He's also a critic of the newly popular trend of "cloud computing," where users' data is stored on providers' servers rather than on their own hard drives. "It means 'ignore the question of who controls your computing and your data.' That's foolish. You should do your computing on your own computer with your own copy of a free program."
Yet Stallman shows just how hard his absolutist positions are to live by. He won't show ID to get on a train, but "could conceivably have someone else buy a ticket for me." He doesn't have a cell, but will "occasionally use other people's." He won't browse the Web on his own laptop, only "from a computer that I share with other people."
Clearly, he's an unusual case. For most people, the handiness of cell phones outweighs any symbolic protest against a nebulous threat of being tracked by corporate-owned satellites. And what about those many millions who fawn over their iPhones or their MacBooks? Who enjoy being able to download from a galaxy of apps, or who like the sexy graphics?
"I can understand, but their priorities are in the wrong place," says Stallman. "What do you say to anybody who gives up his freedom for some kind of enjoyment or convenience?"
When I meet Stallman, he's recently returned from Indonesia and is about to fly to Mexico and Chile. He guesses he'll sleep at his rented pad in Cambridge just 84 nights this year.
If some say Stallman is tilting against windmills here at home, the FSF has made some inroads abroad. "There are governments" — Ecuador, Venezuela, and Brazil to name three — "that have established a policy of moving to free software," he says. That makes sense "for every government," of course, "except for one that is totally cowed by business, which is the kind of government nobody deserves to have."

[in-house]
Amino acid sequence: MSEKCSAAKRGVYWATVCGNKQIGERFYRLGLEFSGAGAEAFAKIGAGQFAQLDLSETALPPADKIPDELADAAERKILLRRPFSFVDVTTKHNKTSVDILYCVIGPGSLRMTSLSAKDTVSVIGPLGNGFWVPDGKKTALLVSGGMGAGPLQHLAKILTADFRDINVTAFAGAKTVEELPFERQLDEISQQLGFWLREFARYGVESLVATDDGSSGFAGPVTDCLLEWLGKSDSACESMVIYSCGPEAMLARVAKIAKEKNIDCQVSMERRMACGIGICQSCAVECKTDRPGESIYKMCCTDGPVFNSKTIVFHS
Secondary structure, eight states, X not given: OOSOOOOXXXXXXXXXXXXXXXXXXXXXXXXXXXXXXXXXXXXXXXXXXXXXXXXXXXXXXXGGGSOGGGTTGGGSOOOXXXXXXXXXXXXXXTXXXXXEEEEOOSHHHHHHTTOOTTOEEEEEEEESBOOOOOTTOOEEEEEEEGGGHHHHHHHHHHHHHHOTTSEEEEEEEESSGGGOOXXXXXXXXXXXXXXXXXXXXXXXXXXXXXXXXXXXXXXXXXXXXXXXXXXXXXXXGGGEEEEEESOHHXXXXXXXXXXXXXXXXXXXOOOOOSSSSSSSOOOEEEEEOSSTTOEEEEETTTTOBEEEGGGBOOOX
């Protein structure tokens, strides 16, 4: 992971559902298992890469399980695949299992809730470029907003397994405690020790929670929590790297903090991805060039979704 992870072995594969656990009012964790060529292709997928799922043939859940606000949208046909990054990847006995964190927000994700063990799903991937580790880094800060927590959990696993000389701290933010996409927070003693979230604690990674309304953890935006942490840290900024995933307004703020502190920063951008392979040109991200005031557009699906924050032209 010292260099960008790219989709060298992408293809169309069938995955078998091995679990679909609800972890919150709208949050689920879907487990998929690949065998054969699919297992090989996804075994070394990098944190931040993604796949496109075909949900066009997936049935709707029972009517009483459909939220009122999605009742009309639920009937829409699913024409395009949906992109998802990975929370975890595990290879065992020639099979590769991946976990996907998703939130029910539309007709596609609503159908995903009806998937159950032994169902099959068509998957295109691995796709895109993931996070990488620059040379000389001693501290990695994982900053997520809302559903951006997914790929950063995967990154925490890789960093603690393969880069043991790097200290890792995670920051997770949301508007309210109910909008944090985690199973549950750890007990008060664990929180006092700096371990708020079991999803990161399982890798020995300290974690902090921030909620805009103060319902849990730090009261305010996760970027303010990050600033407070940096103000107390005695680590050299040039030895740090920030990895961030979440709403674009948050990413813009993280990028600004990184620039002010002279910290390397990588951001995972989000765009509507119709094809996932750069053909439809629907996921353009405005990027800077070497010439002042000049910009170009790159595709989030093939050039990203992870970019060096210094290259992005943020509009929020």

(Most American government computers run Microsoft, but free software did score a high-profile victory recently when President Barack Obama adopted the content-management system Drupal — distributed under the GNU General Public License — for the whitehouse.gov site.)
Further east, interestingly — perhaps ironically, for a country that restricts Web access behind the infamous "Great Firewall of China" — the People's Republic is "one of the places where free software is growing by leaps and bounds," says Stallman. He holds up his Chinese-made netbook. "The company that makes this is a free-software supporter. And the head of the project that makes the processor chip is a free-software supporter. He had come to a speech I gave in Beijing in the late '90s."
I ask about the potential for free software to assist in a social-justice movement — à la Iran's "Twitter Revolution" this past June. "Any people who are in political opposition should use free software, because [that makes it] harder for police to spy on them through their own computers."
So, says Stallman, "in other countries, we're making progress." And in the US? "In the US, the propaganda that says 'business is everything, just bow down to it,' has brainwashed everyone so much that it's hard. We haven't abandoned working in the US. But I try to make my efforts where I see that they can do some good."